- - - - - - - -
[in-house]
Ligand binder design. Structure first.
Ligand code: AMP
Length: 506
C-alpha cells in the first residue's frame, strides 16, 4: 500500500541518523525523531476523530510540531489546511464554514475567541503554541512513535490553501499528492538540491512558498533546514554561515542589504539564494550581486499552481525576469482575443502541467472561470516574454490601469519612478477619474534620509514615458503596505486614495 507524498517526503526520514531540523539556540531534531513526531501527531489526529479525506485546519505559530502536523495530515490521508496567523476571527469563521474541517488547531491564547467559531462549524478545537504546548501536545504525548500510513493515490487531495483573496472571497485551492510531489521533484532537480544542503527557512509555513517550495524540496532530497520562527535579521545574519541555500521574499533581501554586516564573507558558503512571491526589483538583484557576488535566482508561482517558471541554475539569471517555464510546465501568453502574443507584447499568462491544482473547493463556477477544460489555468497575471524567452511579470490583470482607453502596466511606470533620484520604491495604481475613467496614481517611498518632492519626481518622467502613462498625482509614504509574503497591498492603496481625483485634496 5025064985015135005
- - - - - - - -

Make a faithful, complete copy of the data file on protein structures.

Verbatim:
[in-house]
Ligand binder design. Structure first.
Ligand code: AMP
Length: 506
C-alpha cells in the first residue's frame, strides 16, 4: 500500500541518523525523531476523530510540531489546511464554514475567541503554541512513535490553501499528492538540491512558498533546514554561515542589504539564494550581486499552481525576469482575443502541467472561470516574454490601469519612478477619474534620509514615458503596505486614495 507524498517526503526520514531540523539556540531534531513526531501527531489526529479525506485546519505559530502536523495530515490521508496567523476571527469563521474541517488547531491564547467559531462549524478545537504546548501536545504525548500510513493515490487531495483573496472571497485551492510531489521533484532537480544542503527557512509555513517550495524540496532530497520562527535579521545574519541555500521574499533581501554586516564573507558558503512571491526589483538583484557576488535566482508561482517558471541554475539569471517555464510546465501568453502574443507584447499568462491544482473547493463556477477544460489555468497575471524567452511579470490583470482607453502596466511606470533620484520604491495604481475613467496614481517611498518632492519626481518622467502613462498625482509614504509574503497591498492603496481625483485634496 5025064985015135005